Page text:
Friday, February 22, 2002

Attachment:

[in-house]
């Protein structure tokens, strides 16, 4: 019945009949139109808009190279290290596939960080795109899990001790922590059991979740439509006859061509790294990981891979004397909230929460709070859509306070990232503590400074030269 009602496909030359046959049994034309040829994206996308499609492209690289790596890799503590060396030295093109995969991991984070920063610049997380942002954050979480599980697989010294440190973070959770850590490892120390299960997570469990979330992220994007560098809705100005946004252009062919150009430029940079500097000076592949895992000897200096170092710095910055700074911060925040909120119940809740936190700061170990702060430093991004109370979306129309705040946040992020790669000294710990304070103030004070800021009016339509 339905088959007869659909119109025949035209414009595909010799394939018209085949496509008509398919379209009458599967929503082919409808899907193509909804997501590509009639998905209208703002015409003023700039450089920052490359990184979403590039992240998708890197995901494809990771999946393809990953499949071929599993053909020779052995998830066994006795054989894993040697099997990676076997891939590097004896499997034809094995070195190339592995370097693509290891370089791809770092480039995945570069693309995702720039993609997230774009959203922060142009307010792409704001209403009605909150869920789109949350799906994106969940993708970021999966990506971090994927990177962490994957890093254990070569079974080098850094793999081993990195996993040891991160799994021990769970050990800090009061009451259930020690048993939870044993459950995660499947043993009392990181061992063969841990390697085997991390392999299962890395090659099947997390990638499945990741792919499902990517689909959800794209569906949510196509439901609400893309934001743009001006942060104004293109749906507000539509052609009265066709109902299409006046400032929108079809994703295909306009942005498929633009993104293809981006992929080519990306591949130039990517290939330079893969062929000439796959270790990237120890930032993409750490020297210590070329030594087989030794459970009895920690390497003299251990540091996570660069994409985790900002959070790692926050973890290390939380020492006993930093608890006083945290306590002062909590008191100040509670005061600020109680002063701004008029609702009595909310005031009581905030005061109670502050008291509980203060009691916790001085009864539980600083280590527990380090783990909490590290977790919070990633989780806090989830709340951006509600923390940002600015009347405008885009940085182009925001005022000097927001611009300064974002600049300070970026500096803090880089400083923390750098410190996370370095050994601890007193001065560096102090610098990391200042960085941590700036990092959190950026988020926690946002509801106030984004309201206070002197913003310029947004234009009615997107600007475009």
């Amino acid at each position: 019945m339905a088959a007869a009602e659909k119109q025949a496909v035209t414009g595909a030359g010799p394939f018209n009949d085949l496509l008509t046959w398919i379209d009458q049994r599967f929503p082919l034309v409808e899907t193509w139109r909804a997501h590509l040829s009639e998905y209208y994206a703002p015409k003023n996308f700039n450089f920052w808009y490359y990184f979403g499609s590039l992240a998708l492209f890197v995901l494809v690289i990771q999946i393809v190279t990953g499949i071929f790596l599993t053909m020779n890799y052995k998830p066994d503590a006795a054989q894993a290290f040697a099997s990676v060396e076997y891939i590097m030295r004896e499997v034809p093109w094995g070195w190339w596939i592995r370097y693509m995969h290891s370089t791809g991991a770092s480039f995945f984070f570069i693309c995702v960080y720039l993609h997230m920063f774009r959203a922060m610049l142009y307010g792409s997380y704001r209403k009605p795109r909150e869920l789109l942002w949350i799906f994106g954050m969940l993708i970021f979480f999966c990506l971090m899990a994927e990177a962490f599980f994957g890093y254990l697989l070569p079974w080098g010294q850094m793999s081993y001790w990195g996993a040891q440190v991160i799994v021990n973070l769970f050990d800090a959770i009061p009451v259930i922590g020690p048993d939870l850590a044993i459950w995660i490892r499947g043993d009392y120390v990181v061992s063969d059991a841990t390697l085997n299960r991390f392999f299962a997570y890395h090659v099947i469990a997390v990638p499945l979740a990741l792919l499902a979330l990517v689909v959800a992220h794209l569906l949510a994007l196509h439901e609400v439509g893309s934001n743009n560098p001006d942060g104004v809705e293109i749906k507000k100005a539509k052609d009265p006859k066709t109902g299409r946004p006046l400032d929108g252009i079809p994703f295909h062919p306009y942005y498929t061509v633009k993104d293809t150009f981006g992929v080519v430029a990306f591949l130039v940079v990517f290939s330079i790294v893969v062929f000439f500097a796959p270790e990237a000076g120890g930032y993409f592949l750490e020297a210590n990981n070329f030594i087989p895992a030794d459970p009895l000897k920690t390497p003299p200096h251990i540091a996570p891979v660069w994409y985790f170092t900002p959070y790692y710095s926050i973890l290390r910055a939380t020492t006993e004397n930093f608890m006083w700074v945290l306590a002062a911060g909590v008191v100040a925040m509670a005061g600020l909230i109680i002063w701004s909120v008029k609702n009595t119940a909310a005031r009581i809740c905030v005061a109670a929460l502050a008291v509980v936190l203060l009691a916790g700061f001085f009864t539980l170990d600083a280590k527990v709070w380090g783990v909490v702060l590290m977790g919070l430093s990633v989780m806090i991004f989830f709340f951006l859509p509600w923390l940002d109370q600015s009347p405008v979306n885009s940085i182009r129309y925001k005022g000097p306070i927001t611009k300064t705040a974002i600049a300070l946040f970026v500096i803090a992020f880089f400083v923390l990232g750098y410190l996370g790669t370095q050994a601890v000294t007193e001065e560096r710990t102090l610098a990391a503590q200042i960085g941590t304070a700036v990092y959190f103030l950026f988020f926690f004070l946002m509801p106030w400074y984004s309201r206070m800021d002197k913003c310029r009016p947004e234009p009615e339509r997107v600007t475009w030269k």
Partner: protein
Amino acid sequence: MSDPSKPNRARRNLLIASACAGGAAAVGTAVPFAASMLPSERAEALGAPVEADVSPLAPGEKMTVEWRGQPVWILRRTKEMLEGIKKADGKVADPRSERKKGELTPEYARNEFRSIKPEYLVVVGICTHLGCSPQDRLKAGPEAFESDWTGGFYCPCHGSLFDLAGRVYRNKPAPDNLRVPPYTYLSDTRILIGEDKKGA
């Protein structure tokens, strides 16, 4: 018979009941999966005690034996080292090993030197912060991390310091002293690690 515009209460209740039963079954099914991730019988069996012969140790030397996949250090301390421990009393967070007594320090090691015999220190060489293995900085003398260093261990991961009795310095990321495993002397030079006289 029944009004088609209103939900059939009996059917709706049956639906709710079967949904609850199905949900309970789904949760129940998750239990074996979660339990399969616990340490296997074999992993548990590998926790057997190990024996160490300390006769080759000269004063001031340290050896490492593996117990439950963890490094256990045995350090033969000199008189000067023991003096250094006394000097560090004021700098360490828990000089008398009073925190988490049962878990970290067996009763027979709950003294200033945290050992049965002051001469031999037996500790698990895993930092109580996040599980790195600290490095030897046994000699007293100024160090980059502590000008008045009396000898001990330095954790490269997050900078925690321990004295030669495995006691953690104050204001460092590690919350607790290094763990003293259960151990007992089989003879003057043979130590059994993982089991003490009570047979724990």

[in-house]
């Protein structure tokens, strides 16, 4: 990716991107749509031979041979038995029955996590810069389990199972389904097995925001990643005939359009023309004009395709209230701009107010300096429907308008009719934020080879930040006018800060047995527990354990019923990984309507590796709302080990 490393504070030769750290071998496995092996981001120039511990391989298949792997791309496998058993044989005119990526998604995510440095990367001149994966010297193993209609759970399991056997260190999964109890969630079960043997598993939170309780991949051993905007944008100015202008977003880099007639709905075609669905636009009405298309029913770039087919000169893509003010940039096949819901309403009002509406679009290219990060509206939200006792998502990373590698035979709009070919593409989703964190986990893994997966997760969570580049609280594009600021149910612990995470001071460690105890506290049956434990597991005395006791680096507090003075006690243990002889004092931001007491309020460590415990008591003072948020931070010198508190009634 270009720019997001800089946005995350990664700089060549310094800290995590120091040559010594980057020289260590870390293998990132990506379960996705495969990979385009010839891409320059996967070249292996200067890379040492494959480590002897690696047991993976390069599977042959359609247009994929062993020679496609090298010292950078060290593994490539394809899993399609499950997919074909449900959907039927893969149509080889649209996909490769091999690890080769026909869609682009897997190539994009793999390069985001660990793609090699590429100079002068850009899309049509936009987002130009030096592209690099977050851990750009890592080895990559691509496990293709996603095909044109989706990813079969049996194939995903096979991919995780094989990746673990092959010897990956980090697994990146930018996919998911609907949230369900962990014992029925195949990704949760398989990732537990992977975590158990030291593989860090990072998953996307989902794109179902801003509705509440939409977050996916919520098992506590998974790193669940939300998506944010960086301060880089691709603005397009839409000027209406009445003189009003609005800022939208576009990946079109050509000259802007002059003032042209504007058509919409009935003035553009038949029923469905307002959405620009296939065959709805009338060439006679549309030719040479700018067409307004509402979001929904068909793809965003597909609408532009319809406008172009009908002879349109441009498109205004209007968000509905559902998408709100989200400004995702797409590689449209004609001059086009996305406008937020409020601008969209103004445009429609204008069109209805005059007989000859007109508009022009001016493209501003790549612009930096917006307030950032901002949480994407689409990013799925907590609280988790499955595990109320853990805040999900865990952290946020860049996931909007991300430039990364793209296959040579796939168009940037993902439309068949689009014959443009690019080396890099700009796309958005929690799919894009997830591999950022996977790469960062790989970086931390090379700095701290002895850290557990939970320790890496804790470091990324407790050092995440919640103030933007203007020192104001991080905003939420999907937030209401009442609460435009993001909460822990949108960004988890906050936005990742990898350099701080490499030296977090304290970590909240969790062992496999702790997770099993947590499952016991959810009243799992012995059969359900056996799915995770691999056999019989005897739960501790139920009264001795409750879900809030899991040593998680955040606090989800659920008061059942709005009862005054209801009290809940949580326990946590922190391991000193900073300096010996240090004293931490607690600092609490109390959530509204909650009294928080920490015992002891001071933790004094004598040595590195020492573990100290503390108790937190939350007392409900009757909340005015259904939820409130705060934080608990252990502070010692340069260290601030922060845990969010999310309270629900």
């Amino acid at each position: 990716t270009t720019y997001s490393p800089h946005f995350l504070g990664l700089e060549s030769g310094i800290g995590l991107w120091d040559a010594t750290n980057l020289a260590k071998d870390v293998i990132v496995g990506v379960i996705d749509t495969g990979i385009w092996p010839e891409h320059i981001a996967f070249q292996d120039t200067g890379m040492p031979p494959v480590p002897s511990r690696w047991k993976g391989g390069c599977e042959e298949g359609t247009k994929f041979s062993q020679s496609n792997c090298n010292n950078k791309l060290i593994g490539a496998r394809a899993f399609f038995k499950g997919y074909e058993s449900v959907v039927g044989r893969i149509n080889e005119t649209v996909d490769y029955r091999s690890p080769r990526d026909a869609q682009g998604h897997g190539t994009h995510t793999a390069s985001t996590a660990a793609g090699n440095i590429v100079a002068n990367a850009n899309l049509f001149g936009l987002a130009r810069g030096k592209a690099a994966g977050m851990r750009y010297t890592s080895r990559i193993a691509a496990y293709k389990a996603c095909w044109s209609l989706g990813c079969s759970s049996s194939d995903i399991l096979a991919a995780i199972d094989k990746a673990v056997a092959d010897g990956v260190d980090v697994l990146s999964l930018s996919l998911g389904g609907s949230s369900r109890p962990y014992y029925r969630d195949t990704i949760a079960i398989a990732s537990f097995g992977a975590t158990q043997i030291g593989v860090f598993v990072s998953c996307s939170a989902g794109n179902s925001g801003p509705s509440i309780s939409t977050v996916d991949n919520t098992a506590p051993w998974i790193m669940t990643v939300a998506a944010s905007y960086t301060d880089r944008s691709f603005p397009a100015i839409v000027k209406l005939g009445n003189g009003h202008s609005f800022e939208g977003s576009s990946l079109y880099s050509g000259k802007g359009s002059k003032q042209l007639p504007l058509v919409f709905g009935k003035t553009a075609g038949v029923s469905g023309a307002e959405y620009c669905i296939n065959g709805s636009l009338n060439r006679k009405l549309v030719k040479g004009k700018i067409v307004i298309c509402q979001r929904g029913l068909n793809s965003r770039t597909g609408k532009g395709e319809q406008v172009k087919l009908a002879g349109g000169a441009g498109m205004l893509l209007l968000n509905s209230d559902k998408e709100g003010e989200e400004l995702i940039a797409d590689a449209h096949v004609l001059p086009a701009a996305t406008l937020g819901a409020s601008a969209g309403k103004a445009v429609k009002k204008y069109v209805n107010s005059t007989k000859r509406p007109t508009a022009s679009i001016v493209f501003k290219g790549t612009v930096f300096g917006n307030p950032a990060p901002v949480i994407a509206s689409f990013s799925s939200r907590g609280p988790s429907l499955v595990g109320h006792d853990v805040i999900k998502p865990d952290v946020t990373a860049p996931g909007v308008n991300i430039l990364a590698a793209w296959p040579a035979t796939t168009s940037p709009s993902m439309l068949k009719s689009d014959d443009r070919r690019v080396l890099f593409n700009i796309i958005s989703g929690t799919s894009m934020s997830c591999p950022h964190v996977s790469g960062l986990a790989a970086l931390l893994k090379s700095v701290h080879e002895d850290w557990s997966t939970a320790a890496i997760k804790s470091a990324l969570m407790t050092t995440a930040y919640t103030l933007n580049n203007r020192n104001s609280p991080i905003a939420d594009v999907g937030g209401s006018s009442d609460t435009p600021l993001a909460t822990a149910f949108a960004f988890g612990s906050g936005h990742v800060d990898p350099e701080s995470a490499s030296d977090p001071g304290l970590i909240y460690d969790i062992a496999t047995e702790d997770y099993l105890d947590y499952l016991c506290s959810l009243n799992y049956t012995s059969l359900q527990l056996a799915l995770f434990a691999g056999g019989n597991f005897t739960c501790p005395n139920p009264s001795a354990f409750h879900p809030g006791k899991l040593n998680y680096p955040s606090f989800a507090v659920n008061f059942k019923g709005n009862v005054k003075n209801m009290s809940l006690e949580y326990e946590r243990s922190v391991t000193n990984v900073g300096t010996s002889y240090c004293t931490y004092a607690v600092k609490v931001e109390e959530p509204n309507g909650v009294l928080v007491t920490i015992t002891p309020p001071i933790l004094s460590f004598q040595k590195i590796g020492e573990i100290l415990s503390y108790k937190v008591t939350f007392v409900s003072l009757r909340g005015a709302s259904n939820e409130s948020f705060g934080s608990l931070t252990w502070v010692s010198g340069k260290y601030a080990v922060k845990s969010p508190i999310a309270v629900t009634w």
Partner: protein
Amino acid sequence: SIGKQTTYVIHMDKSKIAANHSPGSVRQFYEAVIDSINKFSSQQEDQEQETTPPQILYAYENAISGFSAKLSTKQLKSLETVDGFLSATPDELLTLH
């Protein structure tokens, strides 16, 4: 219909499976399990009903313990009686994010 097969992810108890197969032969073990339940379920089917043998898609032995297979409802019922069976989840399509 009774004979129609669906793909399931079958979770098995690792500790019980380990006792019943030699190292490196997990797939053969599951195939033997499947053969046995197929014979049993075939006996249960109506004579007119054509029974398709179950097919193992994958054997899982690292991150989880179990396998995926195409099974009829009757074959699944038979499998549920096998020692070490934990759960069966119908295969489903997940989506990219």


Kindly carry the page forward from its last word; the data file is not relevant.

Is it right to sell things below cost in order to drive out your competitors? This has recently been an issue here in Virginia, with small gas stations suing large gas corporations. Companies like Sheetz and Wawa are expanding into new markets, selling gas at below-cost in order to force the local stations out of business. At first glance, this seems wrong to me. You're competing unfairly, since they obviously don't have the resources that you do. Furthermore, there is concern that prices will be raised significantly above cost after the small company goes out of business. However, on review, it's not that unfair. The gasoline is yours to do with as you wish. If you want to give it away, that's your business. Furthermore, if it causes someone to buy your gas, then purchase a soda and some candy inside, you've made extra profit. No one complains when grocery stores have special sales or when department stores put items on clearance to make way for new inventory. Besides, federal antitrust laws would mean that there will always be competition, and so prices should always remain fairly low. While it isn't nice, it's not wrong. Such is the nature of the beast.

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